Connect with us

Business Operations

Using Data to Enrich the Customer Experience

Attaching data or a number to a vehicle’s service record adds a level of transparency to the discussion, and moves it from an “opinionated upsell” to a true, fact-based service need.

Coats Tread Depth Data

This might sound familiar: The customer walks in, and they’re wondering if they need new tires. You measure the tread depth. They don’t. You tell them, and that’s the end of it. They leave the shop, and your job is done. But should it be?

Click Here to Read More

No. Today’s customers have information at their fingertips, and they expect more from their automotive service experience. They want full transparency into their vehicle’s health and want to be a part of the conversation instead of being told what to do. A great way for your shop to include the customer and make them “in the know” about their vehicle health is through data. 

Attaching data or a number to a vehicle’s service record adds a level of transparency to the discussion, and moves it from an “opinionated upsell” to a true, fact-based service need. Your customer will leave with valuable information and trust that you’re keeping their best interest at heart. Let’s walk through a scenario to show you what we mean.


The ‘Am I Ready for New Tires?’ Conversation

Let’s take the scenario from the beginning of this article, but this time, we’ll include data in the conversation. A great way for a shop to incorporate data into the customer experience is through the investment in a drive-over tread depth scanner that measures tire tread, alignment angles and other aspects of a vehicle’s health in seconds. 

Equipped with this technology, your service advisor’s conversation with your inquisitive customer changes from “let me check that out for you” to “we’ll run your vehicle through a tread depth inspection and inform you of your tire health.”


Once the shop performs the inspection, the service advisor can then print out the data and present it to the customer. This puts the service advisor in a teaching role, educating the customer about their vehicle and answering the questions as they review the report.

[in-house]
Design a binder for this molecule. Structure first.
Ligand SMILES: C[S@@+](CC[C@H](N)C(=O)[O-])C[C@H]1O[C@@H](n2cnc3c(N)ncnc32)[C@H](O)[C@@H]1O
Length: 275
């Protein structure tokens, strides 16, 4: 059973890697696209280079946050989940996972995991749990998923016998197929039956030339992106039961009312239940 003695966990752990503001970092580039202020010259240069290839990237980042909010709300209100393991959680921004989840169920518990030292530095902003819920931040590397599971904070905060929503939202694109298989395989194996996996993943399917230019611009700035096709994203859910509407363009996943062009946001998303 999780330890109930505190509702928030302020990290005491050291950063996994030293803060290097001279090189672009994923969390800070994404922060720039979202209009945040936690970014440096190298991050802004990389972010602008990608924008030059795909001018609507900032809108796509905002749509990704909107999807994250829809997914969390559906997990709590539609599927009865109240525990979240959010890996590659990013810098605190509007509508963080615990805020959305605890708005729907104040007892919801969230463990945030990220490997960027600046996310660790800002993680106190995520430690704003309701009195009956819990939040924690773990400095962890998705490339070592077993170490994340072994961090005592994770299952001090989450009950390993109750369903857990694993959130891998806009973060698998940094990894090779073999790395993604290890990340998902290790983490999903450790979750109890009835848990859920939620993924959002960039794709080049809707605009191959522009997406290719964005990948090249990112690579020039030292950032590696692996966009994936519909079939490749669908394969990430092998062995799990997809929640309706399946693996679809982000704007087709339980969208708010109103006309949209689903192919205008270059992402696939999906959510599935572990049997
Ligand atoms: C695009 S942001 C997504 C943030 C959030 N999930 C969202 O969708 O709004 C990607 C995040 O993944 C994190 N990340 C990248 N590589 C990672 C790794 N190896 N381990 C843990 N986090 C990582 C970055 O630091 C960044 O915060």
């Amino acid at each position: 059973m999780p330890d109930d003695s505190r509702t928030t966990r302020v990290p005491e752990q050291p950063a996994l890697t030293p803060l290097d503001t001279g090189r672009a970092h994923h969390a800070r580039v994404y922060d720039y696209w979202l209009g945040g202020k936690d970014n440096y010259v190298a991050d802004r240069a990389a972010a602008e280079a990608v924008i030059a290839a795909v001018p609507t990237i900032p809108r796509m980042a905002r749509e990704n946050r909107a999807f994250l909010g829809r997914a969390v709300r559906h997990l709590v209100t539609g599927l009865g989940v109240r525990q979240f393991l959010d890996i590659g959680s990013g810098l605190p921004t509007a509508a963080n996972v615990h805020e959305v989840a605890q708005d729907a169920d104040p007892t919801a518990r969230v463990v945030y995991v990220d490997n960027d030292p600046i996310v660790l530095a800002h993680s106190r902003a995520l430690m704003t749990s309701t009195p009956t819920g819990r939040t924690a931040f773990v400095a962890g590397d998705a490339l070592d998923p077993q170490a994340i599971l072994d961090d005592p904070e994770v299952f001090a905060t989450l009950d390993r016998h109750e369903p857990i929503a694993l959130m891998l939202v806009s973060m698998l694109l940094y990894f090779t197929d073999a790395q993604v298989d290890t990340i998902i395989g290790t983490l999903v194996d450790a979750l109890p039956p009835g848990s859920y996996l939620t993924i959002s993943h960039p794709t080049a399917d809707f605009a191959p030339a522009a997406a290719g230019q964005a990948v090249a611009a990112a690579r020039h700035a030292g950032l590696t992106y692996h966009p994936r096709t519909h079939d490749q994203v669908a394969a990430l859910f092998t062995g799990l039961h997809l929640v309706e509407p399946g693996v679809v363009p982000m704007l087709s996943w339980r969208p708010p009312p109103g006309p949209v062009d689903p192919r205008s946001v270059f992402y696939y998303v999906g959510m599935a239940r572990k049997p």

Making the Data Useful

While your service advisor may be able to understand tread depth to the millimeter, chances are, your customers won’t. It’s best to explain vehicle data in terms the customer can understand. You can do this through using percentages.

One data point that is simple to discuss with customers is tread depth. While it’s measured in 32nds, you can express it as a percentage of a new tire with “0%” being 2/32nds. You could phrase it as, “These tires will be at 0% of the recommended tread depth, or will be unsafe to drive, before we see you for your next oil change. It is best to buy a new set of tires now or schedule an appointment before your next visit for an oil change.”


Another data point is alignment angles. For example, you could say “A vehicle that’s out of spec only a few millimeters or 0.25 degrees is the equivalent to dragging the tire sideways 7 feet for every mile.”

Lastly, worn parts can also be understood as a percentage. This helps a customer understand how much time is left before failure or an unsafe condition occurs. Time to replace worn parts is best expressed as “during your next service visit,” as evidenced by the above example.

Content provided by Coats Garage. For more information, visit

Click to comment


tire distribution tire distribution

Business Operations

Rising Gas Prices Make Tire Distributors Rethink Pricing, Service Models

Tire Review Magazine